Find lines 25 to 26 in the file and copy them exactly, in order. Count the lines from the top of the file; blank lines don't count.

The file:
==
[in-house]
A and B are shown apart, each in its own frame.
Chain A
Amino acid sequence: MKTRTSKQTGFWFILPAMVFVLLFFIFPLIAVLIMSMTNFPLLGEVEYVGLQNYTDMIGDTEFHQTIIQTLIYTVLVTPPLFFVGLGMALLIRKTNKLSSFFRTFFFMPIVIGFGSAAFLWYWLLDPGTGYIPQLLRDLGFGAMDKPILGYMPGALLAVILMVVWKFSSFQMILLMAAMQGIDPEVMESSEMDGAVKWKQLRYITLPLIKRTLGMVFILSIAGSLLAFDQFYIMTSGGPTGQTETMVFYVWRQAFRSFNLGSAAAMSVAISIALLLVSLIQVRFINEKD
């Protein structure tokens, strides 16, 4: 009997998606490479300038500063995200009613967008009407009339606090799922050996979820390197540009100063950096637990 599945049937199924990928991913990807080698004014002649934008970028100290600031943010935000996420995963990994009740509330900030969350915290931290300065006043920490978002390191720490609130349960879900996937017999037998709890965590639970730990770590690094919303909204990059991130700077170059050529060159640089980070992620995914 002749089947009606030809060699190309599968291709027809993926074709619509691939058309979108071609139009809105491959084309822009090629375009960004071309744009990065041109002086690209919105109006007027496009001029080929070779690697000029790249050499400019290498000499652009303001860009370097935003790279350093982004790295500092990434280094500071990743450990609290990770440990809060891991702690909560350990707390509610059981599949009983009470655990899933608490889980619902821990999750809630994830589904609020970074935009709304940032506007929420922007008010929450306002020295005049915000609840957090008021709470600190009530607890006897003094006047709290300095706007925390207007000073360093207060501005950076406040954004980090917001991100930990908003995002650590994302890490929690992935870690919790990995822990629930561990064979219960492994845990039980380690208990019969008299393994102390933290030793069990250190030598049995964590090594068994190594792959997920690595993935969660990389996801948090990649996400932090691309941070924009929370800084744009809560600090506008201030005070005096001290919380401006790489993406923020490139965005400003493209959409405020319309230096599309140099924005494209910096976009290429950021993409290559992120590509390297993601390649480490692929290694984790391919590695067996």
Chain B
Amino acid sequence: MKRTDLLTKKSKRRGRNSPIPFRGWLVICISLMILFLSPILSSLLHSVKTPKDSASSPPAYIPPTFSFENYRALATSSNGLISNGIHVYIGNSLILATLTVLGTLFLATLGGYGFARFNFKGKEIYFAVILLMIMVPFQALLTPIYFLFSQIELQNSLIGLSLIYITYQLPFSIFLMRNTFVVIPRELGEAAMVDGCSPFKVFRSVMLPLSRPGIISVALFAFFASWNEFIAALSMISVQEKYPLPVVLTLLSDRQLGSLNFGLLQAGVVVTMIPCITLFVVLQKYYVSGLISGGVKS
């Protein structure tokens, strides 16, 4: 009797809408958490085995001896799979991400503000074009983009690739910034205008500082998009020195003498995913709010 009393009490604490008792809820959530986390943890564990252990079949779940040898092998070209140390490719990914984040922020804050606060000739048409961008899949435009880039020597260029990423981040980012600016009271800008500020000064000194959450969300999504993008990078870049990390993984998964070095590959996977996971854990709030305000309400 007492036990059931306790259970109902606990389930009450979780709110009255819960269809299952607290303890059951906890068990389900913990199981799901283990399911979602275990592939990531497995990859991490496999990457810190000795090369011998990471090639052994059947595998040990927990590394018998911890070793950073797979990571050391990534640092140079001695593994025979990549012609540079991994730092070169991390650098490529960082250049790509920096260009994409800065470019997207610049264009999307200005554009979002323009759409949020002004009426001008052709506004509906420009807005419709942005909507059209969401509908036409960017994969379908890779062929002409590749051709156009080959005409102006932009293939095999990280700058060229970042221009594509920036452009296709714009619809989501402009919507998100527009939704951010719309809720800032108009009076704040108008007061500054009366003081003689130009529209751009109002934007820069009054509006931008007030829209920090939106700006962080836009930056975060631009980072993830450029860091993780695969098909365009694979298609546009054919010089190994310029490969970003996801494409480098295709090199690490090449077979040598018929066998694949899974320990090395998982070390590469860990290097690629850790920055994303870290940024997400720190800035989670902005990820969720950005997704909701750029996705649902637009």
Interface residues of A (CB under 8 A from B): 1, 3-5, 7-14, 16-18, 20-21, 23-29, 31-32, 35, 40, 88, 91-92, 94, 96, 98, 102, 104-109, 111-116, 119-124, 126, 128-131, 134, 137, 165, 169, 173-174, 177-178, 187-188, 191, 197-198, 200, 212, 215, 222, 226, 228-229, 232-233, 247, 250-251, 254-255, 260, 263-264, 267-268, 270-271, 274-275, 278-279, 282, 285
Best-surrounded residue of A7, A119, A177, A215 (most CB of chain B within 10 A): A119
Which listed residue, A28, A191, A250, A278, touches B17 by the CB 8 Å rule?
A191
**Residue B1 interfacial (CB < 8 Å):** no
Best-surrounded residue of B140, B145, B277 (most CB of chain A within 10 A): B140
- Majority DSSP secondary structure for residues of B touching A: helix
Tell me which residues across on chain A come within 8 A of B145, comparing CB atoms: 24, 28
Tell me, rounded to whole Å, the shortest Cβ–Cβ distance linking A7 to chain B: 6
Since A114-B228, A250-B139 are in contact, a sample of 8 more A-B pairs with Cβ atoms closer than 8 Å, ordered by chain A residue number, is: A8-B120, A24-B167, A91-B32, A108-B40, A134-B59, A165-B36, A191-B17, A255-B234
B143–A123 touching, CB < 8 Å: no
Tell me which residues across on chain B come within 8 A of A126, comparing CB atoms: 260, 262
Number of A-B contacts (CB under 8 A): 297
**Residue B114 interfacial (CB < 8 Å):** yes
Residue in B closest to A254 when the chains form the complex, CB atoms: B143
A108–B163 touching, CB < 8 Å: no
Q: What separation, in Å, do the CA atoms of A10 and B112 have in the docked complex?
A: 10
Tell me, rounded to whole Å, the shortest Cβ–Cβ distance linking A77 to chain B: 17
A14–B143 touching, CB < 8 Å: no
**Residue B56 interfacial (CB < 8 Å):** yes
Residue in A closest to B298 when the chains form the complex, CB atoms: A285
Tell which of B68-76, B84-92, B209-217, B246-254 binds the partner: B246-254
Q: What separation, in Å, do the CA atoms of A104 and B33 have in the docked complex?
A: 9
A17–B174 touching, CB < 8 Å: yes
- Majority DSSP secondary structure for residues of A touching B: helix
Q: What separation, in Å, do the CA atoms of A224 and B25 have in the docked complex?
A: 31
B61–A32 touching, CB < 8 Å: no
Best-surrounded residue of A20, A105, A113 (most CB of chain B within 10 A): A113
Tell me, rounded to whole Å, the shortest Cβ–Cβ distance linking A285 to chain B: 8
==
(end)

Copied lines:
Q: What separation, in Å, do the CA atoms of A10 and B112 have in the docked complex?
A: 10